On January 2017, for the first time, a monohull destined the sail on oceans took flight.
This was not made possible by speed or by riding a wave, but thanks to a new way to navigate: stabilised flight.
In our little corner of Brittany, we are very focused on flight, as it is the future of the nautical world. It’s spectacular, and when well harnessed, allows much greater speeds than the wind. To allow this, we focus our research on vertical support of our foils and the hull, without breaking contact with the water.
The event was too great to keep to ourselves, and SEAir immediately posted and shared a screencap from a technical video. An announcement that hit social networks full storm, garnering reactions from the industry, and the news has already spread across Europe and crossed the Atlantic.
But everyone has been asking us for the video. Patience! We are focused on R&D right now and the film on #LesAventuresDuMini will have to wait. But, to satisfy your curiosity, we will share some low-quality technical videos shortly.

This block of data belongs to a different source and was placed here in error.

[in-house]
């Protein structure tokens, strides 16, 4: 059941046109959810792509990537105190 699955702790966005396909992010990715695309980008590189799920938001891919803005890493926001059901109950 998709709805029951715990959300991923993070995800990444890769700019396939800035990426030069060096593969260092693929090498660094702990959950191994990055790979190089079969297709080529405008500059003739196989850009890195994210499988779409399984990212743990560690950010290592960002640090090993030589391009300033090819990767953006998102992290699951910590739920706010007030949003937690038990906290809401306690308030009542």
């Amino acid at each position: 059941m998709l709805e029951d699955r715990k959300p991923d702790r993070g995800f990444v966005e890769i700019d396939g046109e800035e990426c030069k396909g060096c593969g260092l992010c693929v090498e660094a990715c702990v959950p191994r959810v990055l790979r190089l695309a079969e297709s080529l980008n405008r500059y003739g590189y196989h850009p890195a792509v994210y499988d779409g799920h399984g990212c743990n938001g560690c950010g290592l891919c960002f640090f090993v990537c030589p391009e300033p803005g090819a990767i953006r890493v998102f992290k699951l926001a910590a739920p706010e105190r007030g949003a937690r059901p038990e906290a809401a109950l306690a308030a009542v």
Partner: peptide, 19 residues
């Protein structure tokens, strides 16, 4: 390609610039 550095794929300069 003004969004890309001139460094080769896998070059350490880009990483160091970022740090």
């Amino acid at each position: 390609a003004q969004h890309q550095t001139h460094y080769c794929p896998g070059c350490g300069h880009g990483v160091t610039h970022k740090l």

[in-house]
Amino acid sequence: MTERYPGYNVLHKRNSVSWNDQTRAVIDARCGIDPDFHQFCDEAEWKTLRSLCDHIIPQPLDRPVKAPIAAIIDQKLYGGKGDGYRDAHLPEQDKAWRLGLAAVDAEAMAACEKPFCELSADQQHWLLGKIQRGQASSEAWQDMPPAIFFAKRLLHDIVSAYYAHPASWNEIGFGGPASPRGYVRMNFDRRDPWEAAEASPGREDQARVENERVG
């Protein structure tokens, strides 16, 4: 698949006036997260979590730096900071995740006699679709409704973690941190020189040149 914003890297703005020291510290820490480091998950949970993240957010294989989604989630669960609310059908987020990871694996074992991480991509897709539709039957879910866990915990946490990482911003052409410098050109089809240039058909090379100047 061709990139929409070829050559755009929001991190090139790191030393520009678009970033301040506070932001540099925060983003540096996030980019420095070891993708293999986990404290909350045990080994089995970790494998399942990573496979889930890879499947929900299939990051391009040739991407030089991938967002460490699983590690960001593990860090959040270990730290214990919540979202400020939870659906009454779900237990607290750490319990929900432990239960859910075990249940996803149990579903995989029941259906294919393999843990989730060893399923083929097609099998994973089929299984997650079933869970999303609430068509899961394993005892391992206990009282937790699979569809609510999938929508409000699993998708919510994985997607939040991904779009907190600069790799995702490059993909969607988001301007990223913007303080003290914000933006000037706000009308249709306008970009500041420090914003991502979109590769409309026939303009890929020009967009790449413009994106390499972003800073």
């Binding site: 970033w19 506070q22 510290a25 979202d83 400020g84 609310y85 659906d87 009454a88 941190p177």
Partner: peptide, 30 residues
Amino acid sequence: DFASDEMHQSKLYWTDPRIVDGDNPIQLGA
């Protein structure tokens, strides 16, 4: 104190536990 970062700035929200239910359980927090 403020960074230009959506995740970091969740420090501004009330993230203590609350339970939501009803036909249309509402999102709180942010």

First, a quick look back on our three navigations… The first allowed us to validate various technical points. The second took place in conditions that barely allowed flight, with no possibility to push the boat further. Even so, the boat perfectly completed our main goal which was a fast rise above the water to launch the ‘overdrive’ and break contact between hull and water. While this did not allow us to tweak settings, it helped us settle future measurement campaigns. And finally, on our third sea trip, we reached speeds of over 20 knots on several occasions.
We are still working on all the data we collected, but the speeds of the boat compared to the speed of the wind depending on the conditions, seemed to vary by a factor of two depending on the boat being in “skimming” mode (where the bottom of the hull is levelled with the water) and complete flight (when only the foils are in the water). Factor that is comparable with other foilers that reach complete flight. While playing with numbers and comparing results may be fun, we are entirely focused on designing the most efficient and stable system possible, allowing us to transpose on many other supports. To be continued…